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Jin Fuey Moy v. United States (1920)

  • By: William C. Plouffe Jr
  • In: Encyclopedia of Drug Policy
  • Edited by: Mark A. R. Kleiman & James E. Hawdon
  • Subject:Public Policy, Drug Crimes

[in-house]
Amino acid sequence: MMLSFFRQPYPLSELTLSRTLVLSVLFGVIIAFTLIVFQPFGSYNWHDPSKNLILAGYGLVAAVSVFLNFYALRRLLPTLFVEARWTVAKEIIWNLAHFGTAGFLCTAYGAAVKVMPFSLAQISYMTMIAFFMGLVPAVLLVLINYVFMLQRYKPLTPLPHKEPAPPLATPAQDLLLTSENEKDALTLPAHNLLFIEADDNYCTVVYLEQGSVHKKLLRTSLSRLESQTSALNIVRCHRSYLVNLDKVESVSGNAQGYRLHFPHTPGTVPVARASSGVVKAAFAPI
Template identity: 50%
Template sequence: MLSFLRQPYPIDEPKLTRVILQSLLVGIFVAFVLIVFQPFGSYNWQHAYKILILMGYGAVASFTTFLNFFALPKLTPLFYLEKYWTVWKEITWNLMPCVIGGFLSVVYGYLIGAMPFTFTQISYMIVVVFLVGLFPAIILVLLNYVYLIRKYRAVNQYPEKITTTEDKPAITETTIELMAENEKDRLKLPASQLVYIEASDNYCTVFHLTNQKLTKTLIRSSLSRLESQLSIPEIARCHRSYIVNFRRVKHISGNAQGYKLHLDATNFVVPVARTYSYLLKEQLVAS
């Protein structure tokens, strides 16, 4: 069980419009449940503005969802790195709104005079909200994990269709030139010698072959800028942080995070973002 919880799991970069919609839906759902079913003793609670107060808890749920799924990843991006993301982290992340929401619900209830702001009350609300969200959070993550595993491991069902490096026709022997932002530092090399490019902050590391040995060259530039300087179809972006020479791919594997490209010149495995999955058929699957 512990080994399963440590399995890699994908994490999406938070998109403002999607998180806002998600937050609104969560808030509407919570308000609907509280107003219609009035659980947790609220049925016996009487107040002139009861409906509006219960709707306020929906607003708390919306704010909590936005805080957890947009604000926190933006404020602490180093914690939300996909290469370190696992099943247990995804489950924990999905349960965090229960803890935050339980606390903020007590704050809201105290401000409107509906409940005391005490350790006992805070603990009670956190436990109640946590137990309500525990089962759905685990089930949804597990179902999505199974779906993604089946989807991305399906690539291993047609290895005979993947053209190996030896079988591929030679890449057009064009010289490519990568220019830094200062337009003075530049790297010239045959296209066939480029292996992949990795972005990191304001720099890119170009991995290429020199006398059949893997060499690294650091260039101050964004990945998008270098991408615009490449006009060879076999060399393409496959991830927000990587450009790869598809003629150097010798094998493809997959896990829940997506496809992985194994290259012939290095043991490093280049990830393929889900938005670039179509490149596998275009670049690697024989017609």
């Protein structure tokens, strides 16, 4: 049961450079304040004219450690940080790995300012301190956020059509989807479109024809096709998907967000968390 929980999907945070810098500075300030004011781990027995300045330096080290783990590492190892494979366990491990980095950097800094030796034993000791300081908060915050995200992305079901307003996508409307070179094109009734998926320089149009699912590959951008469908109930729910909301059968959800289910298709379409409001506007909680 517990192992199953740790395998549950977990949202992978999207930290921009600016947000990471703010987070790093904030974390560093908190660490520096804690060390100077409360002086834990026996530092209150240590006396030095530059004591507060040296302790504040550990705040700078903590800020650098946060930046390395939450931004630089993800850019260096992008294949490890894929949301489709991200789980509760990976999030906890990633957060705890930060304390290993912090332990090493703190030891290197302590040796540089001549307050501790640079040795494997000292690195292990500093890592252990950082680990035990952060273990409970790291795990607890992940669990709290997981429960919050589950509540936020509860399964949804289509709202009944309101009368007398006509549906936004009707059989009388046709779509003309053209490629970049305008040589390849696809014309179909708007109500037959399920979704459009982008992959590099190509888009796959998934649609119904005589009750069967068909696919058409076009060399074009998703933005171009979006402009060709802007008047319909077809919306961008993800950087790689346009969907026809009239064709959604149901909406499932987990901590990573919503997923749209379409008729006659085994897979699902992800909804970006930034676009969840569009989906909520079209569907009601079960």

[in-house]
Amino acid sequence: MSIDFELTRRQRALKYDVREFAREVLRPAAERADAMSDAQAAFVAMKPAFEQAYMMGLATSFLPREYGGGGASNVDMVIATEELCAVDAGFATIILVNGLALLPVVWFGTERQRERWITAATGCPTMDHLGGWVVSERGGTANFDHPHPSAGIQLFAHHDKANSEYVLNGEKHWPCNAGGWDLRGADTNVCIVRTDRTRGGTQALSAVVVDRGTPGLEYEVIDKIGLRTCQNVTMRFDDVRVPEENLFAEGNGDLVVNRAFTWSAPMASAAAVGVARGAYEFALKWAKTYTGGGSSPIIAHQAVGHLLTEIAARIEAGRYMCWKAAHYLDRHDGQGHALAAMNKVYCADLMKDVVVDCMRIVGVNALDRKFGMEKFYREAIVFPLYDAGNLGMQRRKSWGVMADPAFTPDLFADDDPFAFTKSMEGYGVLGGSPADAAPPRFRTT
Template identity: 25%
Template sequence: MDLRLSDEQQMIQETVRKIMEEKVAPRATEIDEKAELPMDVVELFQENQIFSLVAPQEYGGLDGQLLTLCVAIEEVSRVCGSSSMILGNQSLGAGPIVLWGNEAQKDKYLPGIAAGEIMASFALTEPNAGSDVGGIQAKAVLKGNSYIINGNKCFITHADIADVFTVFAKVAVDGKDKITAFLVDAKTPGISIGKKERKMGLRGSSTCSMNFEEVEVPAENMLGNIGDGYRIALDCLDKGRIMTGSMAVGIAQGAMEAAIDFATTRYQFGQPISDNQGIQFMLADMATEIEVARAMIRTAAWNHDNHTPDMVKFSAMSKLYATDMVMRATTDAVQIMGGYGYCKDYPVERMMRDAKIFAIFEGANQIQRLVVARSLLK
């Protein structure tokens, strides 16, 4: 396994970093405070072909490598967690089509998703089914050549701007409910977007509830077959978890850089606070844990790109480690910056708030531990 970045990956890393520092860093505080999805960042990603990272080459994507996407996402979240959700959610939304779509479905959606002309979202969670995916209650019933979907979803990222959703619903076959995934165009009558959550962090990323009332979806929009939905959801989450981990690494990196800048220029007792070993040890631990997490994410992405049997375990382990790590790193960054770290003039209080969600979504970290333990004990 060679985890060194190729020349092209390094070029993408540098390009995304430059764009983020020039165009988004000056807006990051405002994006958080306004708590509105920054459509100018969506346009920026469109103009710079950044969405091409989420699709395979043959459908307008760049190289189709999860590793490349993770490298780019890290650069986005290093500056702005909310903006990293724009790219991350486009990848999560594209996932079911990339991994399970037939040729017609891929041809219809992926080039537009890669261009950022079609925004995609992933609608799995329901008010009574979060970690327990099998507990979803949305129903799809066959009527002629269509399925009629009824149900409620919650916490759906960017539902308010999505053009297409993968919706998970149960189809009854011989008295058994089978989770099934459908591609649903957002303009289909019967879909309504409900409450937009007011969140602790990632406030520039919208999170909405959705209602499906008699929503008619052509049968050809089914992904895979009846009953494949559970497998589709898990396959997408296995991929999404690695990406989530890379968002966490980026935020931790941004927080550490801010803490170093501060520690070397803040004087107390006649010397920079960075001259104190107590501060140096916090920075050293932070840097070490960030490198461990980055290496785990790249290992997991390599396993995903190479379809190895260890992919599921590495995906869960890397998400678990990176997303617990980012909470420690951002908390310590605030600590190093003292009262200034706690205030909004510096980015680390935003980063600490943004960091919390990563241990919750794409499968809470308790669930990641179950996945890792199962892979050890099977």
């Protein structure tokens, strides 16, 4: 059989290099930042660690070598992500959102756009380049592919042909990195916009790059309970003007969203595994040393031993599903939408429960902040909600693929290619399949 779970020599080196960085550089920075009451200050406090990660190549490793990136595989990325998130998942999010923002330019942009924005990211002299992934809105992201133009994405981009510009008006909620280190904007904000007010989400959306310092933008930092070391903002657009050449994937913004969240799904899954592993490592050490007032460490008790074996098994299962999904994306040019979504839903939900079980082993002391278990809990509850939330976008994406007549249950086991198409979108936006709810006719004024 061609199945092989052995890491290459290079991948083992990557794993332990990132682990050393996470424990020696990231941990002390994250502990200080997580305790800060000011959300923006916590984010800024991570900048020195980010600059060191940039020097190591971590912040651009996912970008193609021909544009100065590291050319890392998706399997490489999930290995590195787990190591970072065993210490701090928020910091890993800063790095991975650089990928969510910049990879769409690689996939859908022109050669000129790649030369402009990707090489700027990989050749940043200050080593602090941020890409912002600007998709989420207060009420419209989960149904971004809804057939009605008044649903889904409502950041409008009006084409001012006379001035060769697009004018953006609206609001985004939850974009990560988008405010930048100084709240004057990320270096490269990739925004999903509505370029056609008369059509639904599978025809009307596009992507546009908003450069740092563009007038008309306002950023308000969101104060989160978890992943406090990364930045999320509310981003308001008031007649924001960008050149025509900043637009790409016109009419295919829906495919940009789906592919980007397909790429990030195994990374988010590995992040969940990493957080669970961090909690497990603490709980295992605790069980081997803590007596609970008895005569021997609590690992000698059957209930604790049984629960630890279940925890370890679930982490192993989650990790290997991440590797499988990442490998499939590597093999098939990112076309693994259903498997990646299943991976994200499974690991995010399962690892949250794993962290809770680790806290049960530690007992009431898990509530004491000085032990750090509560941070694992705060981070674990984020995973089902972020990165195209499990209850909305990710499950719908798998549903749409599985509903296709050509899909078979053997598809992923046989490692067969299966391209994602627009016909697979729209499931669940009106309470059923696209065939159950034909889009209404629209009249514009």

At the turn of the century in 1900, the legislative control of illegal drugs in the United States had just begun. The use and abuse of narcotic drugs had become a nationally and internationally recognized social problem and the government was starting to attempt to address the problem. The Harrison Narcotic Drug Act, enacted in 1914, was the first major federal legislative attempt to control narcotic drugs by requiring the restriction of the sales of narcotic drugs to physicians and registered dealers and requiring the payment of taxes relative to sale of narcotic drugs. The act provided criminal penalties for violations, to include fines and imprisonment. The case of Jin Fuey Moy v. United States, 254 U.S. 189 (1920), occupies a place of considerable importance ...

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